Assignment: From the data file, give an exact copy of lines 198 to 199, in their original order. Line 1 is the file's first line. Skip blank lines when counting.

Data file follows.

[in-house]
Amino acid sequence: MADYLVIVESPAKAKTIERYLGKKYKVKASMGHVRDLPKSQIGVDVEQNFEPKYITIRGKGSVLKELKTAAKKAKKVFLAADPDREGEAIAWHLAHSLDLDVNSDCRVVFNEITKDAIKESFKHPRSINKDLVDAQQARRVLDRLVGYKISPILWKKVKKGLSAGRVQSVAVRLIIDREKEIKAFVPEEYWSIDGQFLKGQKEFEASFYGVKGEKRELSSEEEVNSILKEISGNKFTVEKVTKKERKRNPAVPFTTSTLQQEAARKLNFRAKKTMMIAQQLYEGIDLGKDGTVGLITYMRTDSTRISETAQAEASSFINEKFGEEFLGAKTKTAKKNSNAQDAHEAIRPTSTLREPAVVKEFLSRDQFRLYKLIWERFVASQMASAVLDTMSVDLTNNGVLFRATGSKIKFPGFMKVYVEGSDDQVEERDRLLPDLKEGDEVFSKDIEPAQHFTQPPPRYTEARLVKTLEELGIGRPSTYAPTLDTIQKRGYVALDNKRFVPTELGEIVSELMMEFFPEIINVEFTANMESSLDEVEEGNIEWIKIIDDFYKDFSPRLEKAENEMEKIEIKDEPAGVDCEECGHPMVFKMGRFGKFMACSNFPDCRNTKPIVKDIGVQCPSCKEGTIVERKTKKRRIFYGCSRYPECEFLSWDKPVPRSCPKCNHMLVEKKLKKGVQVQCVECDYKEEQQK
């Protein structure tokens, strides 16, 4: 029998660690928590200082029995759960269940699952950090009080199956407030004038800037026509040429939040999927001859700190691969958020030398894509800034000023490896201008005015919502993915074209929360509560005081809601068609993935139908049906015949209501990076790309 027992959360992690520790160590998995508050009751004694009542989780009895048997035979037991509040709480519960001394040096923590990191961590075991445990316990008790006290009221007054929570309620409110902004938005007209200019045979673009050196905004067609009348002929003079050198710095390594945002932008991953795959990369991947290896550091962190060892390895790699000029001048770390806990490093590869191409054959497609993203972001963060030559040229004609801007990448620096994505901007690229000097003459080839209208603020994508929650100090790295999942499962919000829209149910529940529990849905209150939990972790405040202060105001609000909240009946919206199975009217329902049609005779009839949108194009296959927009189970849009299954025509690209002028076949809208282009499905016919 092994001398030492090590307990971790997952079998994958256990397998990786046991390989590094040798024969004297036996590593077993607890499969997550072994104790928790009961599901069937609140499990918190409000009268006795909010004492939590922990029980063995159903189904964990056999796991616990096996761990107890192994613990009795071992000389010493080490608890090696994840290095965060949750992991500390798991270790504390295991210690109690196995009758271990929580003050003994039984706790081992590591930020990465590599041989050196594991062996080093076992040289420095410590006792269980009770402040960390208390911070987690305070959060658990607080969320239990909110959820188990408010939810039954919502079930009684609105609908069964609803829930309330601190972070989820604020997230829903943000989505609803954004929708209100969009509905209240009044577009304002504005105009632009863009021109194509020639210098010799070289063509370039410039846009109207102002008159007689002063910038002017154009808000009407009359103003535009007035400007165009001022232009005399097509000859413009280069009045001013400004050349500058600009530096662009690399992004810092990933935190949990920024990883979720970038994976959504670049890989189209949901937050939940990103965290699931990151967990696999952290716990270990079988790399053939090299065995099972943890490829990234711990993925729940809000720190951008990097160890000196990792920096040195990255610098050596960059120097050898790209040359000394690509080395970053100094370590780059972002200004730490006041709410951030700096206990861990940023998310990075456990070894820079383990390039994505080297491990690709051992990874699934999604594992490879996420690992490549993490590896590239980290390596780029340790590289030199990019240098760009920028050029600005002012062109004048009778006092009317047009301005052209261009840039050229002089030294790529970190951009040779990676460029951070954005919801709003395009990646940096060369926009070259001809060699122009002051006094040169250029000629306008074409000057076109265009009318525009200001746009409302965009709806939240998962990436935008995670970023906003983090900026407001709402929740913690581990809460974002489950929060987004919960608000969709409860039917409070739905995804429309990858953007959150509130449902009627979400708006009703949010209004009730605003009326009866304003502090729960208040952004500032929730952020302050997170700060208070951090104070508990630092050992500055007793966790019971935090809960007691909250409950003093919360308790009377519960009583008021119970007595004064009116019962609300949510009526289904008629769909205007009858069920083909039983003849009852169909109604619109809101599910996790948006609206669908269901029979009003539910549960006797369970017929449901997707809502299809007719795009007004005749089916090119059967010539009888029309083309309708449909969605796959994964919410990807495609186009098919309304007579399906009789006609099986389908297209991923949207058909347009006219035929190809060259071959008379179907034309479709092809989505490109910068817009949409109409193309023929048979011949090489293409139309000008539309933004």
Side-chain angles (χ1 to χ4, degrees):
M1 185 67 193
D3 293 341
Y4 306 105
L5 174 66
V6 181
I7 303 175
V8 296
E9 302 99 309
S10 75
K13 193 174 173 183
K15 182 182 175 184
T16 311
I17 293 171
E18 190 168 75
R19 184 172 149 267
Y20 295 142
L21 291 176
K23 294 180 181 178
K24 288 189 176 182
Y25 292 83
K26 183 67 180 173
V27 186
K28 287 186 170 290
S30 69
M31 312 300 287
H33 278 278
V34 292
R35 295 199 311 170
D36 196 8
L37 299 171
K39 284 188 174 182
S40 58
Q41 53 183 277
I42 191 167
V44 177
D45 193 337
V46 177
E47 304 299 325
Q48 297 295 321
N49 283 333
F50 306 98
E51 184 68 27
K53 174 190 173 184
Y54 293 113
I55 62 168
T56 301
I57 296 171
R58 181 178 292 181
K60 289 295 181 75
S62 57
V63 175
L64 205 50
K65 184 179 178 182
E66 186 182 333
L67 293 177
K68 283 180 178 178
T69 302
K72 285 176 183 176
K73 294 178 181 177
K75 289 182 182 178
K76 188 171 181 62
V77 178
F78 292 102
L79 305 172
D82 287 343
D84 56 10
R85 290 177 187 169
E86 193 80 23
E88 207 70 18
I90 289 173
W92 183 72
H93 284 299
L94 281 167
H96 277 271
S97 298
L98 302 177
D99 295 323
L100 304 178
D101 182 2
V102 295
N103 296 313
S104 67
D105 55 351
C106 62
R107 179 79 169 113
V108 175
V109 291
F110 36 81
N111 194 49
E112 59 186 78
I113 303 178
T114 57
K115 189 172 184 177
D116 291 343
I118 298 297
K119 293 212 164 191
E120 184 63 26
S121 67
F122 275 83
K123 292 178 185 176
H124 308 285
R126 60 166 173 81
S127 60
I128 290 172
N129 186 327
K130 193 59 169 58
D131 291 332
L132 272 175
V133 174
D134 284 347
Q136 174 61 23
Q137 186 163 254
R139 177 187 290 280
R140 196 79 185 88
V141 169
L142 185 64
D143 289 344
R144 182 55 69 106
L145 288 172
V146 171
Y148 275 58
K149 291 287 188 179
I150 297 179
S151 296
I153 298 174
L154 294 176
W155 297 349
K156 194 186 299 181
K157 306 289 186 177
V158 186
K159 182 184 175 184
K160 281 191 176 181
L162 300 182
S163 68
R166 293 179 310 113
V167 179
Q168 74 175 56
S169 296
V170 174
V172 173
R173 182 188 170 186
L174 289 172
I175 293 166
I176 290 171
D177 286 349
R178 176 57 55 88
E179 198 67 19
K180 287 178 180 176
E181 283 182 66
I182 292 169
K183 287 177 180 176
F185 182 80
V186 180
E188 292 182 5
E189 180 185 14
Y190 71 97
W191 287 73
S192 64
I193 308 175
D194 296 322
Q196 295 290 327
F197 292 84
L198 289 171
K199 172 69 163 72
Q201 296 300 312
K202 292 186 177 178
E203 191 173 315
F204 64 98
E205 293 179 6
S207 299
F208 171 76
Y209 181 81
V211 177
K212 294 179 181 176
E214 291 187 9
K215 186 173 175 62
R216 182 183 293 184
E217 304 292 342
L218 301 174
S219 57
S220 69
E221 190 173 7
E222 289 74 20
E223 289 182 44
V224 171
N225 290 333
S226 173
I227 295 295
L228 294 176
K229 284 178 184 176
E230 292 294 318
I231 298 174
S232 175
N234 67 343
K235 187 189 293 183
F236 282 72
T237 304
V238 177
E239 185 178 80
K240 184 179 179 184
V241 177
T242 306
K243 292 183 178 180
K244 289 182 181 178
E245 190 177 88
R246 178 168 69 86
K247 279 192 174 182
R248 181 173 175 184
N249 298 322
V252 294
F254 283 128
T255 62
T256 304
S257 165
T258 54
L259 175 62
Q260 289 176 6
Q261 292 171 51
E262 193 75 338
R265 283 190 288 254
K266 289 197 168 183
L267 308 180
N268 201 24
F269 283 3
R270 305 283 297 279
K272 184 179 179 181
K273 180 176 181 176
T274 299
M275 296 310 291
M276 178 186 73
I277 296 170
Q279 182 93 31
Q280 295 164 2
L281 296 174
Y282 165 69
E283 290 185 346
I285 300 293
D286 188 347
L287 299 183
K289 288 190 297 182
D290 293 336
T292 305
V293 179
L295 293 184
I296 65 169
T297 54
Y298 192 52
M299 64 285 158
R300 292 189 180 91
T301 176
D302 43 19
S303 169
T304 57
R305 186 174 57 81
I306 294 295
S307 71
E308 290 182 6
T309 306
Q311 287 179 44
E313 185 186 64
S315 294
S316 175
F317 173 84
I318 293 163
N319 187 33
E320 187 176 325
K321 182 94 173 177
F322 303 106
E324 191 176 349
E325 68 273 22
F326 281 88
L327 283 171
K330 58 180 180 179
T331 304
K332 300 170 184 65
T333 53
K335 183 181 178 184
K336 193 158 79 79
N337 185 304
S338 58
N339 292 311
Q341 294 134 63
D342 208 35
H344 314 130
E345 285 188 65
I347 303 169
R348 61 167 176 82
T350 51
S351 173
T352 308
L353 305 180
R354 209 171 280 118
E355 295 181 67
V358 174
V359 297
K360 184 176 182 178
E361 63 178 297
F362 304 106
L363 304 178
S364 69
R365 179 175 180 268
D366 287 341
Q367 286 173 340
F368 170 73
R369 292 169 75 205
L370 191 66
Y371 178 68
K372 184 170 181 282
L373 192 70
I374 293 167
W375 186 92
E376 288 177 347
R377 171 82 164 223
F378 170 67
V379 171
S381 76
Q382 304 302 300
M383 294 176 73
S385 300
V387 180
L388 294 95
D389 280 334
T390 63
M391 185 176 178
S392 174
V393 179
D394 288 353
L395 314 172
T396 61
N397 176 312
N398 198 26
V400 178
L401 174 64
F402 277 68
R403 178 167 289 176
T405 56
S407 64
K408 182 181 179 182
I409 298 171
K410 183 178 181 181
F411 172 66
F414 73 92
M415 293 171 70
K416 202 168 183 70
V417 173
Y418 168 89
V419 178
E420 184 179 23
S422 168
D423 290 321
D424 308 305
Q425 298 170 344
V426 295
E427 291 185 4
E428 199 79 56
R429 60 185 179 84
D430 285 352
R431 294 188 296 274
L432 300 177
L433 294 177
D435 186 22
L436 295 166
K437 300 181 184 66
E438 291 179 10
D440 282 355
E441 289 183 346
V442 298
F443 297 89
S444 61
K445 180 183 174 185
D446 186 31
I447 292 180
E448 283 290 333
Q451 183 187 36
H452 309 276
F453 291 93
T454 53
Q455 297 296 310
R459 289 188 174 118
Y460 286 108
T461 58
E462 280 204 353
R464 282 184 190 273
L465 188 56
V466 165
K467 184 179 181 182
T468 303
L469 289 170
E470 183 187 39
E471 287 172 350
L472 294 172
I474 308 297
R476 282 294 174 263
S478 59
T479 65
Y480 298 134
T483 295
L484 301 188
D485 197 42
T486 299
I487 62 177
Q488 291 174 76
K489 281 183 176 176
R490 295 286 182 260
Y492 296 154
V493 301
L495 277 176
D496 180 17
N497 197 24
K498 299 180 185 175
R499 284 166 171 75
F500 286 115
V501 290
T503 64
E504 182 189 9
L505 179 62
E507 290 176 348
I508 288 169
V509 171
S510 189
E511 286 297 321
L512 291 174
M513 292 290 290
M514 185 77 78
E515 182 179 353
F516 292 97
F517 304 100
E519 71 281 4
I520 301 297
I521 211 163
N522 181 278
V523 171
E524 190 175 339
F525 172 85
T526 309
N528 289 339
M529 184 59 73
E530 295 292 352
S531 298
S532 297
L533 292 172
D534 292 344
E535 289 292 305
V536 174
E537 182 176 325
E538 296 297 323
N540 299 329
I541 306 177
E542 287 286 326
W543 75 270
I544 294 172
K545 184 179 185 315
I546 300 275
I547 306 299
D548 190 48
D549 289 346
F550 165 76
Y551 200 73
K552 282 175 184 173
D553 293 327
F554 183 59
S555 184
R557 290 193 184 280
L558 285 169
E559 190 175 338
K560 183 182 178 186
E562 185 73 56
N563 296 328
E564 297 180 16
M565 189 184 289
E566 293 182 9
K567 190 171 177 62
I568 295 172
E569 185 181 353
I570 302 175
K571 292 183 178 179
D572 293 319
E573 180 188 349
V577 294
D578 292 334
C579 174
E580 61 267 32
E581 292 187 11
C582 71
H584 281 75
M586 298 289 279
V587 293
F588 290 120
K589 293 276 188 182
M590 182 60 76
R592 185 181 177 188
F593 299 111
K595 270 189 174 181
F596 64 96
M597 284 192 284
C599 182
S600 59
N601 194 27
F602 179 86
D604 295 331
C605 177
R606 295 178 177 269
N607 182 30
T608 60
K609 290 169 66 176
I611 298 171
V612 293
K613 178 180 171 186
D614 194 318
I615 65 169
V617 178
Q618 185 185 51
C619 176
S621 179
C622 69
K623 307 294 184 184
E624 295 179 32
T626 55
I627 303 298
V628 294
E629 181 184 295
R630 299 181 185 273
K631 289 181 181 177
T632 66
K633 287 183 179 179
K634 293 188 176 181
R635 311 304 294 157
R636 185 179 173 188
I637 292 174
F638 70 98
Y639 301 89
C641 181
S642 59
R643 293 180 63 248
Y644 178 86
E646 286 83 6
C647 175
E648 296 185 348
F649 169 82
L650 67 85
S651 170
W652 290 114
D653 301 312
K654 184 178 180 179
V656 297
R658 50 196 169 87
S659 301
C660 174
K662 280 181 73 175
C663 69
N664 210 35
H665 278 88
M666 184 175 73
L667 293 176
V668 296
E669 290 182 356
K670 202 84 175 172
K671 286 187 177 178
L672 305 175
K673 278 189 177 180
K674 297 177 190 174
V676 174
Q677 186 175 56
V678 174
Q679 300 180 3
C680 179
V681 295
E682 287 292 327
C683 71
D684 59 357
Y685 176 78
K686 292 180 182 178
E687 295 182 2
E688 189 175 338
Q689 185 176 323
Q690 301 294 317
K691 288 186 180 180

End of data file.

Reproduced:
N234 67 343
K235 187 189 293 183